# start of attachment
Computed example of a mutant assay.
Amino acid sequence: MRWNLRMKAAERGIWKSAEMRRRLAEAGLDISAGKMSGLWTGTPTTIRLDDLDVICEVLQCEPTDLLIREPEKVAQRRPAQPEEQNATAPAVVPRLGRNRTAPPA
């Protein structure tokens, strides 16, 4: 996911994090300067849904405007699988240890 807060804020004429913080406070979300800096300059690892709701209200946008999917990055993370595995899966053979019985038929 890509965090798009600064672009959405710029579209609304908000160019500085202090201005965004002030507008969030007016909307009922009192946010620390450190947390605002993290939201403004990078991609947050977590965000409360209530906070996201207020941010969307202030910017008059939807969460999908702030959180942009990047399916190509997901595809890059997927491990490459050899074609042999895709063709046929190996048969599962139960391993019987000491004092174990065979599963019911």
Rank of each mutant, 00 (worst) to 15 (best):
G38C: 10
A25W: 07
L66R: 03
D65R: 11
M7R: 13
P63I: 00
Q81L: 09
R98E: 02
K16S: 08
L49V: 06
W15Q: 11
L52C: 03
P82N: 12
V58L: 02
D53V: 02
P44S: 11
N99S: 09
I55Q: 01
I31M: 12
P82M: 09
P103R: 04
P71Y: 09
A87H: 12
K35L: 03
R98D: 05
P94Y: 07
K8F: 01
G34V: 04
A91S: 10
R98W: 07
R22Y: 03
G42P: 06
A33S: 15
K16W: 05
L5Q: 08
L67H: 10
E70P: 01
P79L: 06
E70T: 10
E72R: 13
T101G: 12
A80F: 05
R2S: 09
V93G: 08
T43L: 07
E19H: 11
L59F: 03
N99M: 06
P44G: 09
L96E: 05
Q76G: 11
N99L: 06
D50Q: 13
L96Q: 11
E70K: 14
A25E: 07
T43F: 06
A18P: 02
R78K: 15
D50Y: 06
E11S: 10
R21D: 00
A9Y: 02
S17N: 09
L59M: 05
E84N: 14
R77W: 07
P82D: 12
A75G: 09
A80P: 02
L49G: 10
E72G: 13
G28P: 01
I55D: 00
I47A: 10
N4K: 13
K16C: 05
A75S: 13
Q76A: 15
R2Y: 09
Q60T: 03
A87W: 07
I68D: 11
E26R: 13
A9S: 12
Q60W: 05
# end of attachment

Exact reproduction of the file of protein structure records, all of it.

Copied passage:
Computed example of a mutant assay.
Amino acid sequence: MRWNLRMKAAERGIWKSAEMRRRLAEAGLDISAGKMSGLWTGTPTTIRLDDLDVICEVLQCEPTDLLIREPEKVAQRRPAQPEEQNATAPAVVPRLGRNRTAPPA
């Protein structure tokens, strides 16, 4: 996911994090300067849904405007699988240890 807060804020004429913080406070979300800096300059690892709701209200946008999917990055993370595995899966053979019985038929 890509965090798009600064672009959405710029579209609304908000160019500085202090201005965004002030507008969030007016909307009922009192946010620390450190947390605002993290939201403004990078991609947050977590965000409360209530906070996201207020941010969307202030910017008059939807969460999908702030959180942009990047399916190509997901595809890059997927491990490459050899074609042999895709063709046929190996048969599962139960391993019987000491004092174990065979599963019911």
Rank of each mutant, 00 (worst) to 15 (best):
G38C: 10
A25W: 07
L66R: 03
D65R: 11
M7R: 13
P63I: 00
Q81L: 09
R98E: 02
K16S: 08
L49V: 06
W15Q: 11
L52C: 03
P82N: 12
V58L: 02
D53V: 02
P44S: 11
N99S: 09
I55Q: 01
I31M: 12
P82M: 09
P103R: 04
P71Y: 09
A87H: 12
K35L: 03
R98D: 05
P94Y: 07
K8F: 01
G34V: 04
A91S: 10
R98W: 07
R22Y: 03
G42P: 06
A33S: 15
K16W: 05
L5Q: 08
L67H: 10
E70P: 01
P79L: 06
E70T: 10
E72R: 13
T101G: 12
A80F: 05
R2S: 09
V93G: 08
T43L: 07
E19H: 11
L59F: 03
N99M: 06
P44G: 09
L96E: 05
Q76G: 11
N99L: 06
D50Q: 13
L96Q: 11
E70K: 14
A25E: 07
T43F: 06
A18P: 02
R78K: 15
D50Y: 06
E11S: 10
R21D: 00
A9Y: 02
S17N: 09
L59M: 05
E84N: 14
R77W: 07
P82D: 12
A75G: 09
A80P: 02
L49G: 10
E72G: 13
G28P: 01
I55D: 00
I47A: 10
N4K: 13
K16C: 05
A75S: 13
Q76A: 15
R2Y: 09
Q60T: 03
A87W: 07
I68D: 11
E26R: 13
A9S: 12
Q60W: 05